Afe for Vanguard

December 25, 2019

The scourge of open defecation in Nigeria: Need for immediate and urgent intervention

The scourge of open defecation in Nigeria: Need for immediate and urgent intervention

Open defecation

By Afe Babalola

Open defecation in Bauchi

RECENTLY, and indeed in  times past, Nigeria had led global demographics in open defecation. The blight of open defecation has, among the issues plaguing the nation, put Nigeria in negative limelight in world polity. Therefore, in this edition, I shall discuss the spate of open defecation in Nigeria as well as the adverse health implications of this unwholesome act, and possible solutions to ensure its complete eradication in Nigeria as a whole.

Open defecation, according to Wikipedia, is the human practice of defecating outside (in the open environment) rather than into a toilet. In carrying out this practice, people may make use of fields, bushes, forests, ditches, streets, canals, and perhaps, worse still, rivers, streams or other water sources. More often than not, people engage in open defecation either because they do not have a toilet readily accessible or due to traditional cultural practices.

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Interestingly, this practice is not limited to inhabitants of rural, underdeveloped, areas alone – sadly, it is a rather common experience in some of our federal and state-owned tertiary institutions in a parlance popularly known as throwing shotput. The existence of this practice in our tertiary institutions perhaps accounts for the failure of the institution’s management – and by extension the government – in providing a conducive learning atmosphere for students whereby basic human needs such as the need to use toilet facilities should not be accounted as a luxury.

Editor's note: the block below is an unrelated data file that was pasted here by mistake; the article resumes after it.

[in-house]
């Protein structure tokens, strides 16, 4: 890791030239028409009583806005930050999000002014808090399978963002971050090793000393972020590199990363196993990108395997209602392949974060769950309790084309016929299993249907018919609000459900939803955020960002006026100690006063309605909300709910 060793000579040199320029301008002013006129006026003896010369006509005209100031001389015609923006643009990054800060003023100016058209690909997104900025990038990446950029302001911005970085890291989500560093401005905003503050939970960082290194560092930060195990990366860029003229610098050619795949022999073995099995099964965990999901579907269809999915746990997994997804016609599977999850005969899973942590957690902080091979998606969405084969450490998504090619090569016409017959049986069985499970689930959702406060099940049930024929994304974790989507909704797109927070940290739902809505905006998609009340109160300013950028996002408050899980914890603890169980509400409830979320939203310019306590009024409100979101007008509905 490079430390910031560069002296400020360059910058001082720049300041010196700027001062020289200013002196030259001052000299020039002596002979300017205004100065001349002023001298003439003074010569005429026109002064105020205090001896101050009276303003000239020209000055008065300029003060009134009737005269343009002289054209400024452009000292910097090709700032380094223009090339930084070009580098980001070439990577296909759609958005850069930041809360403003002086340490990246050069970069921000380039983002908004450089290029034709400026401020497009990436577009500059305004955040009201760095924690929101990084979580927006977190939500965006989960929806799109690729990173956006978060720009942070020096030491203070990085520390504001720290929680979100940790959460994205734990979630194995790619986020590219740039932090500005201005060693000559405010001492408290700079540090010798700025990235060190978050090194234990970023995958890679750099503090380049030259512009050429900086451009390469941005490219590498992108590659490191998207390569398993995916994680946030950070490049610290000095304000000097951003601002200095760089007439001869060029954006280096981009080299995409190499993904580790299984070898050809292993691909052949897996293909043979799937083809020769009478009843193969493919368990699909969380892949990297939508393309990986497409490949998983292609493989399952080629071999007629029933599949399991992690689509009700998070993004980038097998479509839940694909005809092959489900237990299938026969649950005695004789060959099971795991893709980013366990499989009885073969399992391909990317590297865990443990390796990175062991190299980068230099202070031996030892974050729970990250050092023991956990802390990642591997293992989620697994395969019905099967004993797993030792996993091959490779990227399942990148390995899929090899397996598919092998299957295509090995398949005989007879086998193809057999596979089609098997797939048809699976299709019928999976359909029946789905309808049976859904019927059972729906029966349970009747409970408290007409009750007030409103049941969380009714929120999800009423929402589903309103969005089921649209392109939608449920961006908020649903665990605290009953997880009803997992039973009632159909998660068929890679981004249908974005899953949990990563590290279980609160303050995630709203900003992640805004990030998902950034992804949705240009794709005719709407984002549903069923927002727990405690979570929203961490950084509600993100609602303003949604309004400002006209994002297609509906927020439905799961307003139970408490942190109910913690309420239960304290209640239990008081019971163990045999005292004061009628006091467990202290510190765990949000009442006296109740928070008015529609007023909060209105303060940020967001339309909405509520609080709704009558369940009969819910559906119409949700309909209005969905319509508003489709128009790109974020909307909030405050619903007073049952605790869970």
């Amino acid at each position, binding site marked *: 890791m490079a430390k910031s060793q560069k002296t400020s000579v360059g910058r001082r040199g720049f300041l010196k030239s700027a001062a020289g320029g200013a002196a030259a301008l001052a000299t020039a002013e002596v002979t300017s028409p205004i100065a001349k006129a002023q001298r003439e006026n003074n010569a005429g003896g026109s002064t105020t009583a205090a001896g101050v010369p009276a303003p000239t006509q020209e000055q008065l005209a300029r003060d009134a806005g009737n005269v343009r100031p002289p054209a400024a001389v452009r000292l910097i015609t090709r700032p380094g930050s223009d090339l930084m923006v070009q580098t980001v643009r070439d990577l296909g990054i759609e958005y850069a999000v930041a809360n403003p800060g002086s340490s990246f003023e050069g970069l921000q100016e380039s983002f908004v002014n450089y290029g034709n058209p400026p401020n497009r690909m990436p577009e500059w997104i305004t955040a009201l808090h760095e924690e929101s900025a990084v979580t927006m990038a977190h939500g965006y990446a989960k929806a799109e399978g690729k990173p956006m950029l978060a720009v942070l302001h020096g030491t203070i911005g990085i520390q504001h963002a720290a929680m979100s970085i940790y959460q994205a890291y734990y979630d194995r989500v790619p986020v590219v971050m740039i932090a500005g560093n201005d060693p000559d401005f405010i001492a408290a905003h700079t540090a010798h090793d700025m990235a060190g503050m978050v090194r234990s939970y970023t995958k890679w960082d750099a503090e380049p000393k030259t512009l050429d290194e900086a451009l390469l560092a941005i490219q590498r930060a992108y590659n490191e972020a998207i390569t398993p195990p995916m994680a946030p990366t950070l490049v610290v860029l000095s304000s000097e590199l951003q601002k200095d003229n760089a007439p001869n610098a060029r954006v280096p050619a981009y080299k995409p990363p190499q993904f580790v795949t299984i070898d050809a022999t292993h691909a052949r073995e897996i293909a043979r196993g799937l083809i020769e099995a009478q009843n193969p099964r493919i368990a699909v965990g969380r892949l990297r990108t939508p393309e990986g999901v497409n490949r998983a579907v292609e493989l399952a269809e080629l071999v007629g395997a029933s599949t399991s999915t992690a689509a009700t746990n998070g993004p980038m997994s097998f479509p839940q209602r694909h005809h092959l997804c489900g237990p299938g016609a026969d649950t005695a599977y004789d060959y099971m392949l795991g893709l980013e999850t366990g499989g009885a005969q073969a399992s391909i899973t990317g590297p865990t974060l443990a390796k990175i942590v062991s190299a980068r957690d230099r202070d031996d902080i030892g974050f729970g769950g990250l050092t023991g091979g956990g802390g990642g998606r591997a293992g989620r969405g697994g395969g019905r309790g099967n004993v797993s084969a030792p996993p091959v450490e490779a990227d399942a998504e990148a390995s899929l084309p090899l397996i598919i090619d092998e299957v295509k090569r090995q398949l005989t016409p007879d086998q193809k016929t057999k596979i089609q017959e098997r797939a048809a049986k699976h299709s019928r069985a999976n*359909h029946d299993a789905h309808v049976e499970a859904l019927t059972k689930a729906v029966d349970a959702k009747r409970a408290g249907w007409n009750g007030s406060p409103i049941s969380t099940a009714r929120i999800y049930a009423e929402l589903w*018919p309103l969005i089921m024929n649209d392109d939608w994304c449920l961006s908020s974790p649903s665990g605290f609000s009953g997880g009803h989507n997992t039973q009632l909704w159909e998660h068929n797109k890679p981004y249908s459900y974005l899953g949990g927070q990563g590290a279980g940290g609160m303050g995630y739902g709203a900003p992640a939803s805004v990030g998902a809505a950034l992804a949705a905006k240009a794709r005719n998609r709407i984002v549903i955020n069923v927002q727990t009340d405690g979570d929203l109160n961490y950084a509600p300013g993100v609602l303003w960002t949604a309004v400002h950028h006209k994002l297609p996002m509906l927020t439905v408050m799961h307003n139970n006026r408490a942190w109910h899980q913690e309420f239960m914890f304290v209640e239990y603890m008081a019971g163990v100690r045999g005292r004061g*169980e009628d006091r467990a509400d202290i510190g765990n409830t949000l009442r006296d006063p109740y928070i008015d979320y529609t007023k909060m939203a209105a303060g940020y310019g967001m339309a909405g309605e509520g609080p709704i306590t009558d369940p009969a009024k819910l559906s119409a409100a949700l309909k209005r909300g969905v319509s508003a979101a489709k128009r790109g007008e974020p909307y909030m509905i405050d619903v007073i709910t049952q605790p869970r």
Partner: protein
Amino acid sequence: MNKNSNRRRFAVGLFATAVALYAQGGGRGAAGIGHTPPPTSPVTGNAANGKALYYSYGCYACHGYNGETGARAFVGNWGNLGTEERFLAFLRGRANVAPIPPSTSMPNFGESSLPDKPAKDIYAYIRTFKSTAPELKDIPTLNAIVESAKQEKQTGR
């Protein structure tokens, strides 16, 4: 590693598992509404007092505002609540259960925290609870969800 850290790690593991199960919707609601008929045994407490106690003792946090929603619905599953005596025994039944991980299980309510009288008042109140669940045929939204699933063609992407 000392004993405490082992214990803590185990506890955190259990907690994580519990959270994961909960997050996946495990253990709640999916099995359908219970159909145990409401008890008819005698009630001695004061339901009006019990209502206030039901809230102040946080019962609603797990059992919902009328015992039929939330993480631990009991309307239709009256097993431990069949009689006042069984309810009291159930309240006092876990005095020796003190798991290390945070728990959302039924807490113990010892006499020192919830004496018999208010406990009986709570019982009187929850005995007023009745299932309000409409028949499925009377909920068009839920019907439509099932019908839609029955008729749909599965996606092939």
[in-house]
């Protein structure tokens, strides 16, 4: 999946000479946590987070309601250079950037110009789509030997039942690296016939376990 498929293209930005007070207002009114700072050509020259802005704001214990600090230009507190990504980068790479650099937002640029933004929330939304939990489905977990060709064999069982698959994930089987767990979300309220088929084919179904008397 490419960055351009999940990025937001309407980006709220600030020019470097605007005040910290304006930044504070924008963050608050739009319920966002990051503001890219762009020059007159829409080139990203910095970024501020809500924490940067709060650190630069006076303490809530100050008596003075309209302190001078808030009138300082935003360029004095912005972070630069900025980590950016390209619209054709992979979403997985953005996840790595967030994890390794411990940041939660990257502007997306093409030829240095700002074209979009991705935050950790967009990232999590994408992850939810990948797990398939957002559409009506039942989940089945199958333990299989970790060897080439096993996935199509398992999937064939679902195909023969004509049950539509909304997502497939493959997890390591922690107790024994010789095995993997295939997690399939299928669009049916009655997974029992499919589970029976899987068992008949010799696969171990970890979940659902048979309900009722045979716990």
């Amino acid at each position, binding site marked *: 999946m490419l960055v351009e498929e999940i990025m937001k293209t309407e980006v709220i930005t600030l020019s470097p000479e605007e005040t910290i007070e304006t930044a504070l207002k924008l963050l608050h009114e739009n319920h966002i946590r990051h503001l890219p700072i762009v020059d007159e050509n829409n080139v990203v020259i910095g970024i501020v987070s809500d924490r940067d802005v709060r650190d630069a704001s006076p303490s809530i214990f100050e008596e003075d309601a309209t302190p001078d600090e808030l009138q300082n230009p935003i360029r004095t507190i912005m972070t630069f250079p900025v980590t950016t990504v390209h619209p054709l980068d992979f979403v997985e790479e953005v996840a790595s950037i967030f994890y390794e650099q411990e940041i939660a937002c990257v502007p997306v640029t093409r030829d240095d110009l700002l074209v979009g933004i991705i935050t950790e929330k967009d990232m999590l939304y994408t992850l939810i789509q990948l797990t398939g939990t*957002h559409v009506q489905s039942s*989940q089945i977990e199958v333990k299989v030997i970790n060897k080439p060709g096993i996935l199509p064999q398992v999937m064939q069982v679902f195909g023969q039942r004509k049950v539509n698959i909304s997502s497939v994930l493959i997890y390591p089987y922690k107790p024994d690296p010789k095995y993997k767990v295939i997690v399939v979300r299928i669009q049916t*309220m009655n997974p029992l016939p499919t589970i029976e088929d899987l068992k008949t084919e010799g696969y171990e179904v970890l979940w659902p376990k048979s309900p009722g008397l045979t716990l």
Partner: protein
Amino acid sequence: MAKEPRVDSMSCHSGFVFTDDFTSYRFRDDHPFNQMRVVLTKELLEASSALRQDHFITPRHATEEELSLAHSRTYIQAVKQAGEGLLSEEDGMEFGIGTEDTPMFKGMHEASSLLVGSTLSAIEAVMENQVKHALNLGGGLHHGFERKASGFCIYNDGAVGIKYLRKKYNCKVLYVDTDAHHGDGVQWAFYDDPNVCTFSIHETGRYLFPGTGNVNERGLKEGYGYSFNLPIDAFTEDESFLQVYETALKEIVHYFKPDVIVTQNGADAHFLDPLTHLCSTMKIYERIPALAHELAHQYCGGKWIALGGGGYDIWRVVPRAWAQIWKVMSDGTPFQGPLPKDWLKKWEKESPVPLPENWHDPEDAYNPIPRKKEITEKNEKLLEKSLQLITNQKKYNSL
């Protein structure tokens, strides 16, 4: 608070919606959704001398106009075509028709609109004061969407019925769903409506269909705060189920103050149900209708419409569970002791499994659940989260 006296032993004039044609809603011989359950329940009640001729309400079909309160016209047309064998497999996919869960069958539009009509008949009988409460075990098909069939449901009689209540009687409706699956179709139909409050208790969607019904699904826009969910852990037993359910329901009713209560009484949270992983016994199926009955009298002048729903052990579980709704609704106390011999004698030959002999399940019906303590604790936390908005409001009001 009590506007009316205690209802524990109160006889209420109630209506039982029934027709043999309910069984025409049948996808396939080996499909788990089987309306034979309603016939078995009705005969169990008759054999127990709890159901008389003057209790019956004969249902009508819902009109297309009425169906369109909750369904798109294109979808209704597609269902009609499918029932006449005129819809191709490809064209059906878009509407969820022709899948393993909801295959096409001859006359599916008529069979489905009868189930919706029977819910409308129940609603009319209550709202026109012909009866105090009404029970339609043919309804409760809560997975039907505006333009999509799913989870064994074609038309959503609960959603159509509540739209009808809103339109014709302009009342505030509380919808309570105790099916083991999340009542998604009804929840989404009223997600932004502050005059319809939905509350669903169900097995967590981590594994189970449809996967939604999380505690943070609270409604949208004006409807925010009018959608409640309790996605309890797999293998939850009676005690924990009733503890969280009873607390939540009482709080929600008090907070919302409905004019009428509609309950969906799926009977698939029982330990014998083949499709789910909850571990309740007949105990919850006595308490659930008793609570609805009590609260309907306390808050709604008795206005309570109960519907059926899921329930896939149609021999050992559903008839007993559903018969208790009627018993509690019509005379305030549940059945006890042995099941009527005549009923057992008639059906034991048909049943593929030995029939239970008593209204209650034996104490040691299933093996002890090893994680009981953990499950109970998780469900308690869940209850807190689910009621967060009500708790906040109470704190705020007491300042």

The health implications of open defecation

The United Nations has noted that the countries where open defecation is most widely practised have the highest numbers of deaths of children under the age of five, as well as high levels of undernutrition, high levels of poverty and large disparities between the rich and poor. Furthermore, there are also strong gender impacts as lack of safe, private toilets makes women and girls vulnerable to violence and other forms of infectious diseases, which in turn could cause an impediment to girls’ education. Open defecation is an affront to the dignity, health and well-being, especially of girls and women. For example, hundreds of millions of girls and women around the world lack privacy when they are menstruating. Open defecation therefore risks exposing them to increased sexual exploitation and personal safety.

In another report, the United Nations’ Children Emergency Fund (UNICEF) noted that open defecation has devastating consequences for public health. Faecal contamination of the environment and poor hygiene practices remain a leading cause of child mortality, morbidity, undernutrition and stunting, and can potentially have negative effects on cognitive development. Poor sanitation can also be a barrier to education and economic opportunity, with women and girls often particularly vulnerable to the consequences of poor sanitation services. The multiple adverse effects of poor sanitation show how SDG 6.2 underpins and will be crucial to achieving many other SDGs, including those related to nutrition, health, education, poverty and economic growth, and gender equality.

The Nigerian situation